I remember President Carter’s many talks with ordinary people during that trip, and how he tried to reduce the stigma of HIV/AIDS and help people from all walks of life feel that their lives had value. We spoke with commercial sex workers in Kenya and Nigeria about HIV/AIDS prevention and condom use. While President Carter came from a very traditional, religious Christian background, he was entirely nonjudgmental and really wanted to communicate to these women that their lives were worth protecting from HIV/AIDS. He even gave a sermon at the church of the then-president of Nigeria, and from the pulpit he talked openly and honestly about condoms and safe sex without judgment or recrimination.
From world leaders to migrant farmers, his ability to connect with people is remarkable: He’s just very down-to-earth and approachable. And because of his global stature as a former president, he can meet with people at the highest levels of government, capture their attention, and make the case for investing in local, regional, and global health. He has elevated the significance of global health around the world. And he has been incredibly persistent and diligent around the issue of Guinea worm eradication, helping to lead that campaign to the threshold of success.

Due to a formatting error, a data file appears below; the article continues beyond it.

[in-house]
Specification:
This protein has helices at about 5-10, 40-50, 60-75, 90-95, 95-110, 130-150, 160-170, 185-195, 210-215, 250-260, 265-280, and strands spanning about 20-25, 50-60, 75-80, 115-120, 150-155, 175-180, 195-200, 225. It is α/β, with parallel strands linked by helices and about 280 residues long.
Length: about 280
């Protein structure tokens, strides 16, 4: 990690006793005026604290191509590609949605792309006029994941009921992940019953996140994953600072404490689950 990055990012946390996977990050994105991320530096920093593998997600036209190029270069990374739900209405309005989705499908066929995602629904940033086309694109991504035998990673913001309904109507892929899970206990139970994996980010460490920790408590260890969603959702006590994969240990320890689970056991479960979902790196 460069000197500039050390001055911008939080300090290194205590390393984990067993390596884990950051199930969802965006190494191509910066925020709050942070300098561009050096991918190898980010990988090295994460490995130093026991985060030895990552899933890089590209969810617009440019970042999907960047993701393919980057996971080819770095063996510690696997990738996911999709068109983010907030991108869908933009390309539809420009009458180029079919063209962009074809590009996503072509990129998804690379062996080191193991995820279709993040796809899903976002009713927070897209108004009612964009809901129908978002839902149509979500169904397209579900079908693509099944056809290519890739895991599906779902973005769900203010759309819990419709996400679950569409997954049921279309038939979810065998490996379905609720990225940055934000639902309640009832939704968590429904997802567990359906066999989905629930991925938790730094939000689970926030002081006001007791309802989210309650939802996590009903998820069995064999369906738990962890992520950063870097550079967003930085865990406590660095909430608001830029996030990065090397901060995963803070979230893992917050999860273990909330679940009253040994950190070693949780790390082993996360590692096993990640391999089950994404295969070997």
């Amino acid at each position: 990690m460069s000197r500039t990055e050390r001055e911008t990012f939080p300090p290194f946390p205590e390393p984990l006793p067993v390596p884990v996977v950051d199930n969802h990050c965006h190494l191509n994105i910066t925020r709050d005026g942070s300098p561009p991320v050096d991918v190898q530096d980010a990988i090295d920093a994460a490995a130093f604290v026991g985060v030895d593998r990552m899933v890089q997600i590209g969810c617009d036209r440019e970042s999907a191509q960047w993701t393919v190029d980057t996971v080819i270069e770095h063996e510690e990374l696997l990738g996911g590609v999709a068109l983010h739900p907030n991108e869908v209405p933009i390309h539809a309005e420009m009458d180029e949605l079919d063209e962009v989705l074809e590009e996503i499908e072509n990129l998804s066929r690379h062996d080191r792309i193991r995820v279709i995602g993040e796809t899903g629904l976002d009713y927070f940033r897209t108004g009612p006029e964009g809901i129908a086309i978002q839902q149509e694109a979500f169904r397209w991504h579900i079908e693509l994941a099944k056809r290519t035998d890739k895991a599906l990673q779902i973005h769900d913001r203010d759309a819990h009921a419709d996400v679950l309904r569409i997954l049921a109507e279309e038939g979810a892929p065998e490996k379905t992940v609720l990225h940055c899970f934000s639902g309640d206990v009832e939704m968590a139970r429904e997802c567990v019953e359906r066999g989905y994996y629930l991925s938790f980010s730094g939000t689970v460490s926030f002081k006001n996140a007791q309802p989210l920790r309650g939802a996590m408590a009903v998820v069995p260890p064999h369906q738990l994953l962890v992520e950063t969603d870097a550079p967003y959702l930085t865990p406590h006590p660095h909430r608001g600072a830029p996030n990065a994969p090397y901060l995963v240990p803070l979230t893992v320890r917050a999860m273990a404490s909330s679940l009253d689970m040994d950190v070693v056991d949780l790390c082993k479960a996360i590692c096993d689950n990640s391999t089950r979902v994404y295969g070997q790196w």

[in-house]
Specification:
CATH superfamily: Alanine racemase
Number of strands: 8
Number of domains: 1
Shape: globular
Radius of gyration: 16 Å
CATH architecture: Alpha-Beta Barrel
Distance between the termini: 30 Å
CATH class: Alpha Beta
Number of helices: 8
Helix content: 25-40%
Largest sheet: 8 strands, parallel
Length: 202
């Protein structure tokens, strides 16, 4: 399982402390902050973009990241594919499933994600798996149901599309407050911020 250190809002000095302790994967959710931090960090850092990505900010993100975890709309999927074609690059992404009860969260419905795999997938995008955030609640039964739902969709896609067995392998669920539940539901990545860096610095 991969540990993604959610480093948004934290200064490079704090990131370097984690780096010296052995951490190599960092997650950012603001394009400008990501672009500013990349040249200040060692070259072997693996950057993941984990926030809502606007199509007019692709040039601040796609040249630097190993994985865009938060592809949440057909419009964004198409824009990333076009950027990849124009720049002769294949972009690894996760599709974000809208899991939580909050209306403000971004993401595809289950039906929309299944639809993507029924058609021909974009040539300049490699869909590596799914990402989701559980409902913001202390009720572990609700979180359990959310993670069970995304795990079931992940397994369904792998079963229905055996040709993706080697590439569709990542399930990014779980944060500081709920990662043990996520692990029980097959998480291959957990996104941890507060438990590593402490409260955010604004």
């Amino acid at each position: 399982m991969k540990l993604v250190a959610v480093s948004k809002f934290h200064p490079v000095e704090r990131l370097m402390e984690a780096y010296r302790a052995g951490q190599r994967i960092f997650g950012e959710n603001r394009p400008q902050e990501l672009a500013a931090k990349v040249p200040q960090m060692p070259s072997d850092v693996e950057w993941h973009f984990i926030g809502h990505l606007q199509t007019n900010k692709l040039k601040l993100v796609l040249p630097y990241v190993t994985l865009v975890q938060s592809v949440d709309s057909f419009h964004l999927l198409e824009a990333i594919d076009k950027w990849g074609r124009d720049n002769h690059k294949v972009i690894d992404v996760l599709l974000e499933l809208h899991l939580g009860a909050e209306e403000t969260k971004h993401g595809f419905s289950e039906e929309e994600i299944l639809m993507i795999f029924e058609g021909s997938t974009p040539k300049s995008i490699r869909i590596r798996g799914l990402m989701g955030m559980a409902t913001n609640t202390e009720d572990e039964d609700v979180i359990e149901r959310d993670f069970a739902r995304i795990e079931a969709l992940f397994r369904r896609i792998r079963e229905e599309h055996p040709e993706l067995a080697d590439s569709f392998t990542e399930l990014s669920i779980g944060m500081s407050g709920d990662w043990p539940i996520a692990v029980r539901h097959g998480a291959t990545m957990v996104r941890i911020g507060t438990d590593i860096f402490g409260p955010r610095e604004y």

President Carter is a brilliant individual with a rare combination of intellect and passion. Most importantly, he has the ability to listen and ensure that people feel heard, which is such an essential part of good leadership. I’m honored to know him.
Dr. Jordan Tappero is a deputy director on the Neglected Tropical Diseases team at the Gates Foundation. He previously served as a medical epidemiologist in the U.S. Public Health Service for 25 years, and as CDC country director in Botswana, Thailand, Uganda, and Haiti.
We are in the last mile of Guinea worm eradication. We’ve gotten this far only because of President Carter’s boundless energy and persistence—he never let setbacks derail the cause. In 2012, we started seeing an increase in animal infections among domesticated dogs in Chad, which started small and kept growing. But rather than give up on the ultimate goal, he and his incredible team at The Carter Center doubled down and said, No, we’re going to figure this out.
In 2018, I joined the Carter Center team in Chad to figure out a new strategy that could also mitigate Guinea worm infections in animals. We came up with one strategy that would require more resources, and the team didn’t blink—they set to work on finding those resources. As a result, over the past three years, we’ve seen declines of 65% to 70% in infections in domesticated animals and an all-time low of 13 human infections in 2022, and we remain hopeful that the goal of eradication can be achieved.